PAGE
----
Ski coach Darin Markwart (far right) leads a group of Tsalteshi Youth skiers, Jan. 28 at the Kenai Golf Course. (Photo by Joey Klecka/Peninsula Clarion)

Ski coach Darin Markwart (far right) leads a group of Tsalteshi Youth skiers, Jan. 28 at the Kenai Golf Course. (Photo by Joey Klecka/Peninsula Clarion)

Youth skiing returns to local trails en masse

 

As an outlet for spending energy and learning a great sport, the Tsalteshi Trails Youth Ski Program has served the local ski community well for nearly a decade.

Recent winters have left an inexorable void as warm temperatures and meager precipitation have left the snowpack with a lot to be desired.

However, the good ol’ days have returned.

A bountiful snowfall this season has given hope to those that like to get out and enjoy the winter wonderland. The Tsalteshi Trails Youth Ski Program has helped spur that interest in youngsters who stand to benefit from the sport of cross-country skiing.

This year, the program has enjoyed a turnout of about 110 kids, ranging from 6 to 12 years old, that have come out to learn the basics of skiing and the enjoyment that it offers. Even as the past three years haven’t been as kind to snowgoers, the program has still managed to draw large crowds of youth skiers that number in the triple digits.

“We’ve had to come up with refunds for some of them,” said organizer Carly Reimer, referring to recent winters where the trails did not even get enough cover to set a classic track.

Reimer has played an integral role in organizing the program for the past three years, and has had to deal with keeping interest up amidst the poor snow years. The program, affiliated with the nonprofit Tsalteshi Trails Association, was brought to life with the help of Reimer’s husband, Adam, who Carly estimated brought it all together around nine years ago.

Since then, the program, which compensates its coaches, has attracted some of the top skiers in Alaska to coach it. This year’s crop includes such names as Darin Markwardt, a Matanuska-Susitna valleys native and 2010 Region III nordic ski coach of the year at Palmer High, and Kelli Jo Boonstra of Ninilchik, a former U.S. Ski Team member who nearly qualified for the 1998 Winter Olympic games in Nagano, Japan, falling just two positions short of the accomplishment.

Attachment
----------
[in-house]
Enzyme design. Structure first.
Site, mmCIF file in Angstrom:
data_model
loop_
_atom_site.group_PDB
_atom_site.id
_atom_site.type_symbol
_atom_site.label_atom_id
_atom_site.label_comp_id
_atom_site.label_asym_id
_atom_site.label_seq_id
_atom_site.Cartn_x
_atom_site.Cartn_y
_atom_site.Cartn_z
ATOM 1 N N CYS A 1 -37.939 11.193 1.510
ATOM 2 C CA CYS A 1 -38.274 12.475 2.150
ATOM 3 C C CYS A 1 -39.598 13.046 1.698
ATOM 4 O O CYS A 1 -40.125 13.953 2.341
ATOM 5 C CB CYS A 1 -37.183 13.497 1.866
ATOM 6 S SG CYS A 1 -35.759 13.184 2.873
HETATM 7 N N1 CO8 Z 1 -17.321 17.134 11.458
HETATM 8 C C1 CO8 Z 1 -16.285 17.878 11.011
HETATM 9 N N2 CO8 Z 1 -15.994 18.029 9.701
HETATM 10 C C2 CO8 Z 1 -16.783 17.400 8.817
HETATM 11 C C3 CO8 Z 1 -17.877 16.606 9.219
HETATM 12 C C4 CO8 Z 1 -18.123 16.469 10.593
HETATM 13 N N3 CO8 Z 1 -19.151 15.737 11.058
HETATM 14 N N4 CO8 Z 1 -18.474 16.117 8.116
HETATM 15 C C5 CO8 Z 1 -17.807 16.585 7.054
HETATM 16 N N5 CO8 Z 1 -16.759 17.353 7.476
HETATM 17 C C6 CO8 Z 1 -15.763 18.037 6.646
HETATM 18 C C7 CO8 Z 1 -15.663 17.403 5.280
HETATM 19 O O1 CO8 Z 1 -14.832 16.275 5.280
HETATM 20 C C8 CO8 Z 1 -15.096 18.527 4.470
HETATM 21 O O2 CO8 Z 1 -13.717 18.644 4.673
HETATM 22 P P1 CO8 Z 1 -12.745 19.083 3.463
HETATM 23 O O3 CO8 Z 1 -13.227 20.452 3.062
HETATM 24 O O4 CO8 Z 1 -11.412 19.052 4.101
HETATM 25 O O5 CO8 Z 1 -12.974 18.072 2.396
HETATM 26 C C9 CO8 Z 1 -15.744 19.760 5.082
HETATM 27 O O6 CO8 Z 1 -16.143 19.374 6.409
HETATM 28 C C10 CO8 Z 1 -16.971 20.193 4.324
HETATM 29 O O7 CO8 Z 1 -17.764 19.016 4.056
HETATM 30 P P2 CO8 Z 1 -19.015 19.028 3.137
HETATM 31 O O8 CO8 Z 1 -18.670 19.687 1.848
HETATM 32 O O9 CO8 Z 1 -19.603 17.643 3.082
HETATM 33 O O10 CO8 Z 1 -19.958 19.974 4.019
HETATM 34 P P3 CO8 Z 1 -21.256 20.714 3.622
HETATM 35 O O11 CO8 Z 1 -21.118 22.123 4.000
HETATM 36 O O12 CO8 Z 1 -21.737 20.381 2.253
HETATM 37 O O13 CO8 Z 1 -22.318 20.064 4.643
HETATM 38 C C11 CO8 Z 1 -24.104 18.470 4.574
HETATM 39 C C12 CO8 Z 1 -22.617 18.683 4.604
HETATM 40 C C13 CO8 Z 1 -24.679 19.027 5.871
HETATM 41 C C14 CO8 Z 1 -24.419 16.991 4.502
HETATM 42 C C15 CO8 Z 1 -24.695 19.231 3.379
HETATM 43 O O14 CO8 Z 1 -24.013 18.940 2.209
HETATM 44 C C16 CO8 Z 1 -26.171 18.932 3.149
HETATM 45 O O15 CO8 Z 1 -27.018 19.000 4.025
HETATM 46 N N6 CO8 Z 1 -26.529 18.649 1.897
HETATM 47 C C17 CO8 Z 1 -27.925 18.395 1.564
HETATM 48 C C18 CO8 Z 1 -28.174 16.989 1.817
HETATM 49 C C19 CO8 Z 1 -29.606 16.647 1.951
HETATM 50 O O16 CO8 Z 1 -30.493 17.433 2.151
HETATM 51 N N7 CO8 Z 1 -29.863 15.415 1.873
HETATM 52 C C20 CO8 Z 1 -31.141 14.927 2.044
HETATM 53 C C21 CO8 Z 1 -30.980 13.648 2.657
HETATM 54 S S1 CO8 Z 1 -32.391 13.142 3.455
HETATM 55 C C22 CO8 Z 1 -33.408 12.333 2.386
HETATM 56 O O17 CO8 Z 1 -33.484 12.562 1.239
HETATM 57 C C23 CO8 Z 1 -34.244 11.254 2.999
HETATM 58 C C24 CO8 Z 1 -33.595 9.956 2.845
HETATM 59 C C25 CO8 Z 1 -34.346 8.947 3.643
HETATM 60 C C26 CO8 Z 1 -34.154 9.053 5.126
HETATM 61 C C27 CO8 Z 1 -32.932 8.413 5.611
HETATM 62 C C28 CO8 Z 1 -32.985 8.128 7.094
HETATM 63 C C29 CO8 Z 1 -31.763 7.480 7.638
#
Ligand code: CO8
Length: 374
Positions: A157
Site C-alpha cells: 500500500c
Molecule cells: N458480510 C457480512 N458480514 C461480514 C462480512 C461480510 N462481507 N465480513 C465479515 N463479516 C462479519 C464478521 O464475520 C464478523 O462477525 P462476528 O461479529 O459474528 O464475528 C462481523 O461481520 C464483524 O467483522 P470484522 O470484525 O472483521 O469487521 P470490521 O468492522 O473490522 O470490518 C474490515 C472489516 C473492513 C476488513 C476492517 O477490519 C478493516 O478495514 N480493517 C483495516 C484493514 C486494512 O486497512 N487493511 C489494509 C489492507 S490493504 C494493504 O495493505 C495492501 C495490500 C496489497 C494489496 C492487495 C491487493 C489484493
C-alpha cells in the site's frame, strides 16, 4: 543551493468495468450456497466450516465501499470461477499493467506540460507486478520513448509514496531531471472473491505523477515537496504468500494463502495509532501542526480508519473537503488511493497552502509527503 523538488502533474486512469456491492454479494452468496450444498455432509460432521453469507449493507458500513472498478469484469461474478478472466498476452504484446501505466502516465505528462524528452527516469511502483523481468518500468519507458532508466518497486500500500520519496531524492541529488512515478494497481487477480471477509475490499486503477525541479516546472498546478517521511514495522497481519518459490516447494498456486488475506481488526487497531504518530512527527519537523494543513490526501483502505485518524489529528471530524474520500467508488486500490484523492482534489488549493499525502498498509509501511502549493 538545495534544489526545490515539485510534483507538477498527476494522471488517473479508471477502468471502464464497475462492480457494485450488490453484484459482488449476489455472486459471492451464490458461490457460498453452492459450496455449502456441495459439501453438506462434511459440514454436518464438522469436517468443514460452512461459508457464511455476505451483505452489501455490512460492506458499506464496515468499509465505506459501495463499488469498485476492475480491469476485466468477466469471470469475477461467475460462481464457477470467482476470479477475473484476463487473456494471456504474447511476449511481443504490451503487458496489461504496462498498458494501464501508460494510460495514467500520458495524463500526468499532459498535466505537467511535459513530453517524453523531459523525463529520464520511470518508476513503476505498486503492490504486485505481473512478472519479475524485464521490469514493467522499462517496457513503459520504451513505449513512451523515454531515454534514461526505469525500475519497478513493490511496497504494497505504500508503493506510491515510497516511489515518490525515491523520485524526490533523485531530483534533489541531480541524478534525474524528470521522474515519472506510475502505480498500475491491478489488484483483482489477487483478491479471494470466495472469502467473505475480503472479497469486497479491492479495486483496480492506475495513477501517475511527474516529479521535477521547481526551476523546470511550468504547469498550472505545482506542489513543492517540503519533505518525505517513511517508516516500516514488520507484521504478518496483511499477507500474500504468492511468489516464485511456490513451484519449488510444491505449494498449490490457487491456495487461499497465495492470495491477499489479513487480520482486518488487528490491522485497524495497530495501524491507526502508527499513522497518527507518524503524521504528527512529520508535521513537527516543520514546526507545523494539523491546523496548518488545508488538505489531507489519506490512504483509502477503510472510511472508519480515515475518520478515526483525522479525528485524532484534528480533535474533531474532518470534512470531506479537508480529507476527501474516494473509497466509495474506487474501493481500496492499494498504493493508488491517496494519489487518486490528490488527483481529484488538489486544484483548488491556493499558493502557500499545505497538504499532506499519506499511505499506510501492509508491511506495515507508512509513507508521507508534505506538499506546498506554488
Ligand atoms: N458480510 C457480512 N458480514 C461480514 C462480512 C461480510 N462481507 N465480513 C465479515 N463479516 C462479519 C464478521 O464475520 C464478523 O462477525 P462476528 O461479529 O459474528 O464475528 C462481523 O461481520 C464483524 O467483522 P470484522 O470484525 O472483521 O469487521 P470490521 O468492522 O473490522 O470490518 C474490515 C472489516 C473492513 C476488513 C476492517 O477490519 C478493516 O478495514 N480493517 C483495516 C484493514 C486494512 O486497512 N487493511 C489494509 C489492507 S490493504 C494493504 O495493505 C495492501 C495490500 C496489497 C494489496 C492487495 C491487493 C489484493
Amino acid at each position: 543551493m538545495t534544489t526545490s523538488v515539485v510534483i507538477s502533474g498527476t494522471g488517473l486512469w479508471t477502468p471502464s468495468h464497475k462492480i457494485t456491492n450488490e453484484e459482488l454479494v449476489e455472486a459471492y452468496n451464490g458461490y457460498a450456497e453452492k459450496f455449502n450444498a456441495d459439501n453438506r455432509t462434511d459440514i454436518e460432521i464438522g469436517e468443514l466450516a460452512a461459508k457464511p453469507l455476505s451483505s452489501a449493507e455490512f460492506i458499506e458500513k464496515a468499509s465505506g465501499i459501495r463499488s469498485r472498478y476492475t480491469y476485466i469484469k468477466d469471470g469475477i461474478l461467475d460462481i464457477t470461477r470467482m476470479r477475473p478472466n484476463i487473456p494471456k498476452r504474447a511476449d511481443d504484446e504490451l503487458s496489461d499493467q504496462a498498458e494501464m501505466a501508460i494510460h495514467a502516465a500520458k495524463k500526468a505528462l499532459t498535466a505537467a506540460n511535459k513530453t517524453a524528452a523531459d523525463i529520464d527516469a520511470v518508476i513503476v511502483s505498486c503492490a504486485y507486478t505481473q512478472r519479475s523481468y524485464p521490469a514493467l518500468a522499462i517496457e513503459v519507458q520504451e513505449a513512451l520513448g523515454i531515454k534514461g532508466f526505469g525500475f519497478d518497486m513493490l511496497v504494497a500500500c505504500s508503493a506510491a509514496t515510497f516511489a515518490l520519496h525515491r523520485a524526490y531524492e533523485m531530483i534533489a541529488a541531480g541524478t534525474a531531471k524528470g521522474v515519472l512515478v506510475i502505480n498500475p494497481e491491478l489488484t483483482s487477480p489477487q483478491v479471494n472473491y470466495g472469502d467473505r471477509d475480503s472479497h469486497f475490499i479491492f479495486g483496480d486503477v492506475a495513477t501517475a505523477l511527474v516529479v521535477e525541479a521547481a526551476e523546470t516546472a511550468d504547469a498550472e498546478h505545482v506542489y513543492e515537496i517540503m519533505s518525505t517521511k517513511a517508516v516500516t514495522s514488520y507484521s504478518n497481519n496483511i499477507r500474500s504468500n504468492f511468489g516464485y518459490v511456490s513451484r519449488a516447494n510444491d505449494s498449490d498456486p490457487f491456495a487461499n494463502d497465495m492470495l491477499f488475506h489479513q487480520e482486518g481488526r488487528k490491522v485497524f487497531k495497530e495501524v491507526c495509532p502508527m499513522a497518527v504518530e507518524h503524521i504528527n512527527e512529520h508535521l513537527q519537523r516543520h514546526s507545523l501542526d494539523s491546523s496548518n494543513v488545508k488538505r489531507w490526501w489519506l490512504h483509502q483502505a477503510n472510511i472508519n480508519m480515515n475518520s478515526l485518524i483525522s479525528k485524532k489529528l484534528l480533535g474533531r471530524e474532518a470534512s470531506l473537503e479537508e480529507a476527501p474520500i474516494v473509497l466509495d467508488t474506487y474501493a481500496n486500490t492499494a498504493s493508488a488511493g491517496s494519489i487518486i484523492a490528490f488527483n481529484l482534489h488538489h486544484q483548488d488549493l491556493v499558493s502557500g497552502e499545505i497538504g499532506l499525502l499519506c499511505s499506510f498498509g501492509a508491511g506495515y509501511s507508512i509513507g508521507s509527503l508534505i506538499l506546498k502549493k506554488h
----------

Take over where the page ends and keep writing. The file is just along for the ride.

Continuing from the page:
“I think this is just worth gold,” Boonstra said of the Tsalteshi program. “To get kids out and active in the winter is wonderful.”

Boonstra lived for nine years in Galena with her husband, Todd, a former Olympic skier, and three children, all daughters. The eldest daughter, Riana, is a junior at Kenai Central High School, where she stars on the cross-country running and skiing teams.

Kelli Jo and Todd Boonstra coached the middle and high school teams in Galena, and both played roles in establishing the town’s youth ski program, which continues to flourish today. The family moved to the Kenai Peninsula in 2011.

Markwardt’s athletic achievements include six top-10 finishes in the men’s Mt. Marathon race, a feat that was built up with years of cross-country skiing experience from his youth. Markwardt points to winters spent in the Palmer Junior Nordic program with coaching from former longtime Colony High School ski coach Ed Strabel that helped invest his future in the sport.

“Keeping kids involved at a young age is important,” Markwardt said. “It’s a lifelong sport that has value, it’s a healthy activity and it helps build relationships.”

The program doesn’t just confine itself to the Tsalteshi Trails as its name suggests, but also ventures out onto the popular Headquarters Lake in Soldotna and the Kenai Golf Course, which is regularly groomed for skiing.

On a recent Saturday at the golf course, young skiers ventured out onto the trails for fun-filled lessons, which included answering Alaska state trivia for those in Markwardt’s group. After the trip out onto the trails, it was time for a lively game in the driving range area. The 90-minute lesson ended with a healthy snack.

Reimer said interest in the program is capped at a certain amount of skiers per coach, typically around 10 to 20 kids in each group.

“I was watching the registration this year, and it was slow at first,” Reimer said. “Then when the snow came down, it was like, ‘Boom!’”

Reimer added that the program hits on all areas of the sport, but stresses classic technique over skate, or freestyle, due to the ease of access to backcountry wilderness that classic offers.

“When I was growing up, that’s all I did,” Reimer said. “My family always would take me to the refuge to go skiing and we would have adventures.”

A line of skiers of all ages take advantage of the good conditions at Kenai Golf Course on Jan. 28. (Photo by Joey Klecka/Peninsula Clarion)

A line of skiers of all ages take advantage of the good conditions at Kenai Golf Course on Jan. 28. (Photo by Joey Klecka/Peninsula Clarion)

A young skier romps around with his family, Jan. 28 at the Kenai Golf Course. (Photo by Joey Klecka/Peninsula Clarion)

A young skier romps around with his family, Jan. 28 at the Kenai Golf Course. (Photo by Joey Klecka/Peninsula Clarion)

Tsalteshi Trails Youth Ski Program coach Darin Markwardt (red hat) quizzes a group of young skiers, Jan. 28 at the Kenai Golf Course. (Photo by Joey Klecka/Peninsula Clarion)

Tsalteshi Trails Youth Ski Program coach Darin Markwardt (red hat) quizzes a group of young skiers, Jan. 28 at the Kenai Golf Course. (Photo by Joey Klecka/Peninsula Clarion)

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